Main Page | See live article | Alphabetical index

Separable space

In mathematics, a metric space (or topological space) X is separable if it has a countable subset Y such that members of Y approximate any x in X as closely as we like. Formally, a topological space is separable if and only if it has a subset that is both countable and dense. Separable spaces are therefore topological spaces with a certain limit on their size: an uncountable discrete space isn't separable.

Most of the spaces initially encountered are indeed separable: for example the real numbers with their standard metric have the rational numbers as a countable dense subset. Since the space of continuous functions on the interval [0,1] with the metric of uniform convergence has a dense subset of polynomials (see Weierstrass approximation theorem), and their coefficients can be approximated by rationals, that space is also separable. A Hilbert space is separable if and only if it has a countable orthonormal basis.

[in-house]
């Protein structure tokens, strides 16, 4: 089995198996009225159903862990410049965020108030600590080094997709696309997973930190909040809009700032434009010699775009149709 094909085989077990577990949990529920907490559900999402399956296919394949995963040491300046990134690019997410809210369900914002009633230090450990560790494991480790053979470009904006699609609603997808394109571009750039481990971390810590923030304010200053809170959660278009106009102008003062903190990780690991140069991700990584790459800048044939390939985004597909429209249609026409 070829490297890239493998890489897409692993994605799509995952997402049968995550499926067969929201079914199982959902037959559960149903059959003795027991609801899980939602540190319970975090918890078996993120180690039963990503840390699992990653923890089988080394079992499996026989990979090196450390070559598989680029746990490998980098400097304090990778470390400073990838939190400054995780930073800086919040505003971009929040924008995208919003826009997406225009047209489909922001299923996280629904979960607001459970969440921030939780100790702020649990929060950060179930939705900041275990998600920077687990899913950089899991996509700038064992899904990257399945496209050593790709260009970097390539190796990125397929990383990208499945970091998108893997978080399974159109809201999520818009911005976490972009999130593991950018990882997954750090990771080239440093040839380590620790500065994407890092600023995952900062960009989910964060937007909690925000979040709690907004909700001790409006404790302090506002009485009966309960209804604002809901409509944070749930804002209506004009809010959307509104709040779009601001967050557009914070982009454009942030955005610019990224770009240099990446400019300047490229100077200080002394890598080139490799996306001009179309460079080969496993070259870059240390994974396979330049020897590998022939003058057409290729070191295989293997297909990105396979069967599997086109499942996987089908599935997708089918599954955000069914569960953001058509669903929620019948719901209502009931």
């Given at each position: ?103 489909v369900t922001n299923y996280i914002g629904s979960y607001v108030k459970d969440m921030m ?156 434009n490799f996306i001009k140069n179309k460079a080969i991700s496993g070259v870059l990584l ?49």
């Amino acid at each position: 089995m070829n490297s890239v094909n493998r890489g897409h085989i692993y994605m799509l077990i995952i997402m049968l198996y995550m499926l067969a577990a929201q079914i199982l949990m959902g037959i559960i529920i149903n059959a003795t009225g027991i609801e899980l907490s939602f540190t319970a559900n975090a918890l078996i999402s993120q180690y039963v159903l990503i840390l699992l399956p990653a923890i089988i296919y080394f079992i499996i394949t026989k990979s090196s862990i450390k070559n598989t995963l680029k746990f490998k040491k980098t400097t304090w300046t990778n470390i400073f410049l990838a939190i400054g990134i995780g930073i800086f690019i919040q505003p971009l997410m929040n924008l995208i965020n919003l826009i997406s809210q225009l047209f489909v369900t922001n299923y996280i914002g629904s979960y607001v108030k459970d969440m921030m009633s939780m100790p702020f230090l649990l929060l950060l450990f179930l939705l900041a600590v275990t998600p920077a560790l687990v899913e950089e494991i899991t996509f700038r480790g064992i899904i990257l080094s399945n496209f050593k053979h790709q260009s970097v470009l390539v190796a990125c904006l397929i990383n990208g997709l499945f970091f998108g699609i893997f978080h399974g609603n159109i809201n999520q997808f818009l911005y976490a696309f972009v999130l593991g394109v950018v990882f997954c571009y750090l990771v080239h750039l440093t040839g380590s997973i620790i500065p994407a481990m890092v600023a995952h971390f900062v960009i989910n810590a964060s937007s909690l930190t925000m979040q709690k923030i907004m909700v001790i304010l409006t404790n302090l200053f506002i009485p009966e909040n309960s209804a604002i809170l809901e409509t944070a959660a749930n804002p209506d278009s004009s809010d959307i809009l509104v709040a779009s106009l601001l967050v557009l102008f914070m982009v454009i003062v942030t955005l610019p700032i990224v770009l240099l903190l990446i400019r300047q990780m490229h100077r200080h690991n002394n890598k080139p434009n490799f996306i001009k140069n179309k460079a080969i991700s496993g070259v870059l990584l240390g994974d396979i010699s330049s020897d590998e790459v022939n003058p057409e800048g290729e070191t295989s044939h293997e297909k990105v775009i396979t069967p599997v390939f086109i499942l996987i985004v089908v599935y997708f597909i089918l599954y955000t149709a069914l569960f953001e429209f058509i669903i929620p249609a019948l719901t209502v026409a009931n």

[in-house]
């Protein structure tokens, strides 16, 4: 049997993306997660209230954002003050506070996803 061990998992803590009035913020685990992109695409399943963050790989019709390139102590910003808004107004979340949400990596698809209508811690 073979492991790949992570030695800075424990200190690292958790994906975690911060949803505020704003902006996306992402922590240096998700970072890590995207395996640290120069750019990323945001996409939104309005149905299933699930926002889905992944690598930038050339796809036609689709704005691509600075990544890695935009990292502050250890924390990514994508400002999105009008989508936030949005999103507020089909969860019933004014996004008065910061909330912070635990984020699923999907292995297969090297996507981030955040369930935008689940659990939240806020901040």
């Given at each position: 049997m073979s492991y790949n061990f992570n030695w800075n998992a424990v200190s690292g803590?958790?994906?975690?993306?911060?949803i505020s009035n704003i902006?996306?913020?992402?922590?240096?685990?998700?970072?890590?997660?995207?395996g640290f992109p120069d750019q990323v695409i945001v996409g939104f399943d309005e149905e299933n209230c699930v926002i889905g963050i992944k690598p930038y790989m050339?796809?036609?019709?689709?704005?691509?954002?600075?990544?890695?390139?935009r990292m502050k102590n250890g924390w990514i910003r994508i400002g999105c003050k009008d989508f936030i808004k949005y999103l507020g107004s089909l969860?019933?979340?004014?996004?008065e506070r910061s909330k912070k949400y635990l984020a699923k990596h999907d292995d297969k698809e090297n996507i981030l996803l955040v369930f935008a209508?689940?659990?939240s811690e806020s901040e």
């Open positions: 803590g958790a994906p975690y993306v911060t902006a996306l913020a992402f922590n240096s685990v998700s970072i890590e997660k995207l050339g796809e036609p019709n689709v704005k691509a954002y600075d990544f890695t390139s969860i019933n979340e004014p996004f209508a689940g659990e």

For technical reasons the foundations of general topology are written without the requirement of separability, or other 'axioms of countability'.

Separability is especially important in numerical analysis and constructive mathematics, since many theorems that can be proved for nonseparable spaces have constructive proofs only for separable spaces. Such constructive proofs can be turned into algorithms for use in numerical analysis, and they are the only sorts of proofs acceptable in constructive analysis. A famous example of a theorem of this sort is the Hahn-Banach theorem.

Every second countable space is separable. As a partial converse, every separable metric space must be second countable. More generally, every separable uniform space whose uniformity has a countable basis must be second countable.

An example of a separable space that is not second countable is Rllt, the set of real numbers equipped with the lower limit topology. To avoid violating the previous paragraph, it follows that Rllt must not be metrisable -- it can't be made into a metric space. On the other hand, because Rllt is completely regular, it is uniformisable -- it can be made into a uniform space. But again, to avoid violating the previous paragraph, none of its uniformities could possibly have a countable basis.